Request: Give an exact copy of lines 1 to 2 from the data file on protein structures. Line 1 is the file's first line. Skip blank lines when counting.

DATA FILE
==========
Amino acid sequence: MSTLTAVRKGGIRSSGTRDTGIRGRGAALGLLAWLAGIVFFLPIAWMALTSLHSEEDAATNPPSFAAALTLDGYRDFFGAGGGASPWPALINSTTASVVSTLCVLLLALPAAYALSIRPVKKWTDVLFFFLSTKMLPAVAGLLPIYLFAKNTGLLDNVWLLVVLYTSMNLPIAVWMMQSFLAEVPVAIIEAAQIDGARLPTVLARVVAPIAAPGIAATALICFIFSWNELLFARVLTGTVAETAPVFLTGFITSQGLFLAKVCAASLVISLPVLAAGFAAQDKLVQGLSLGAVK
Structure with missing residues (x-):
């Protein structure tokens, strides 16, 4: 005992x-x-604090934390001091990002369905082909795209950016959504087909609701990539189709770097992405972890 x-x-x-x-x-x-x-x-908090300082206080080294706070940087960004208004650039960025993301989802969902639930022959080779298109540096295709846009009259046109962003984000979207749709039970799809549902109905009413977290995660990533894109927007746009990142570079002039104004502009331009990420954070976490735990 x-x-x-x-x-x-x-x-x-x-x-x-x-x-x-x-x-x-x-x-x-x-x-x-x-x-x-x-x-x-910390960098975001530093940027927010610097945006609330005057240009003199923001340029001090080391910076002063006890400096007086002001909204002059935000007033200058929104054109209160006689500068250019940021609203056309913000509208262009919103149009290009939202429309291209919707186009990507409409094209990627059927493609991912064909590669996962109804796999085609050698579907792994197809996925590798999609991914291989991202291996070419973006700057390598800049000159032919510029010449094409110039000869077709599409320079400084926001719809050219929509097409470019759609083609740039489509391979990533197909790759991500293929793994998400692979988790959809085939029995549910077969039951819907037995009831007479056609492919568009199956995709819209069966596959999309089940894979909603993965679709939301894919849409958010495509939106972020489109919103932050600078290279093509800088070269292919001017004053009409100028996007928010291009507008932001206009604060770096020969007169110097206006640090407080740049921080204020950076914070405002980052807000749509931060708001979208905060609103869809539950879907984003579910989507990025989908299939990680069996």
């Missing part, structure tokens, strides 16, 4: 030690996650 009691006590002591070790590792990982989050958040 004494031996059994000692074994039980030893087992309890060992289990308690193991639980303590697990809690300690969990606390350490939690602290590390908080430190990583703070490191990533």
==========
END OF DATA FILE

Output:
Amino acid sequence: MSTLTAVRKGGIRSSGTRDTGIRGRGAALGLLAWLAGIVFFLPIAWMALTSLHSEEDAATNPPSFAAALTLDGYRDFFGAGGGASPWPALINSTTASVVSTLCVLLLALPAAYALSIRPVKKWTDVLFFFLSTKMLPAVAGLLPIYLFAKNTGLLDNVWLLVVLYTSMNLPIAVWMMQSFLAEVPVAIIEAAQIDGARLPTVLARVVAPIAAPGIAATALICFIFSWNELLFARVLTGTVAETAPVFLTGFITSQGLFLAKVCAASLVISLPVLAAGFAAQDKLVQGLSLGAVK
Structure with missing residues (x-):